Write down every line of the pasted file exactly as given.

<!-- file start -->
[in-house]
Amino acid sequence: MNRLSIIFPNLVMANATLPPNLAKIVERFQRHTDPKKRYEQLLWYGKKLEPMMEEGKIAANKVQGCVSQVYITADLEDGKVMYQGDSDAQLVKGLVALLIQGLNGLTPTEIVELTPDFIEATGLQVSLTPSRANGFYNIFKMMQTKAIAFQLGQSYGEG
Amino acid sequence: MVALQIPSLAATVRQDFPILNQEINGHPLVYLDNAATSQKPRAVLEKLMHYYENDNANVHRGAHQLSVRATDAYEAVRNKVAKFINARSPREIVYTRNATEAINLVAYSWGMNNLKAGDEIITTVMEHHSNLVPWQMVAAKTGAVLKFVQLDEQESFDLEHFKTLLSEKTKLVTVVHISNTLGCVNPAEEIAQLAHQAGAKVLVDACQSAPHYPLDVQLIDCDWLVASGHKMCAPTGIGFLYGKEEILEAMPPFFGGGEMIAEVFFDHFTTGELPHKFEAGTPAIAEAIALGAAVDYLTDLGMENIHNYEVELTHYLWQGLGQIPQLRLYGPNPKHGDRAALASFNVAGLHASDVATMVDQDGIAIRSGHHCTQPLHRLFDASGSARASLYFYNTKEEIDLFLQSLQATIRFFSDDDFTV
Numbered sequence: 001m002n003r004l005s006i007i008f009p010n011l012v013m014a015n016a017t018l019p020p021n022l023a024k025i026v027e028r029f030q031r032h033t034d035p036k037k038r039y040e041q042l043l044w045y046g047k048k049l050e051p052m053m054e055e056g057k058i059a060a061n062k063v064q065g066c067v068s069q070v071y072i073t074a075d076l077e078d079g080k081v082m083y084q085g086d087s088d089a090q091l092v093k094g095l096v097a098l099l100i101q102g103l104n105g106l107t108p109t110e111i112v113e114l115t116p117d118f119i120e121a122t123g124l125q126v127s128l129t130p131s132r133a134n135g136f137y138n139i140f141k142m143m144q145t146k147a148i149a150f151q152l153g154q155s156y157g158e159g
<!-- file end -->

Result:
[in-house]
Amino acid sequence: MNRLSIIFPNLVMANATLPPNLAKIVERFQRHTDPKKRYEQLLWYGKKLEPMMEEGKIAANKVQGCVSQVYITADLEDGKVMYQGDSDAQLVKGLVALLIQGLNGLTPTEIVELTPDFIEATGLQVSLTPSRANGFYNIFKMMQTKAIAFQLGQSYGEG
Amino acid sequence: MVALQIPSLAATVRQDFPILNQEINGHPLVYLDNAATSQKPRAVLEKLMHYYENDNANVHRGAHQLSVRATDAYEAVRNKVAKFINARSPREIVYTRNATEAINLVAYSWGMNNLKAGDEIITTVMEHHSNLVPWQMVAAKTGAVLKFVQLDEQESFDLEHFKTLLSEKTKLVTVVHISNTLGCVNPAEEIAQLAHQAGAKVLVDACQSAPHYPLDVQLIDCDWLVASGHKMCAPTGIGFLYGKEEILEAMPPFFGGGEMIAEVFFDHFTTGELPHKFEAGTPAIAEAIALGAAVDYLTDLGMENIHNYEVELTHYLWQGLGQIPQLRLYGPNPKHGDRAALASFNVAGLHASDVATMVDQDGIAIRSGHHCTQPLHRLFDASGSARASLYFYNTKEEIDLFLQSLQATIRFFSDDDFTV
Numbered sequence: 001m002n003r004l005s006i007i008f009p010n011l012v013m014a015n016a017t018l019p020p021n022l023a024k025i026v027e028r029f030q031r032h033t034d035p036k037k038r039y040e041q042l043l044w045y046g047k048k049l050e051p052m053m054e055e056g057k058i059a060a061n062k063v064q065g066c067v068s069q070v071y072i073t074a075d076l077e078d079g080k081v082m083y084q085g086d087s088d089a090q091l092v093k094g095l096v097a098l099l100i101q102g103l104n105g106l107t108p109t110e111i112v113e114l115t116p117d118f119i120e121a122t123g124l125q126v127s128l129t130p131s132r133a134n135g136f137y138n139i140f141k142m143m144q145t146k147a148i149a150f151q152l153g154q155s156y157g158e159g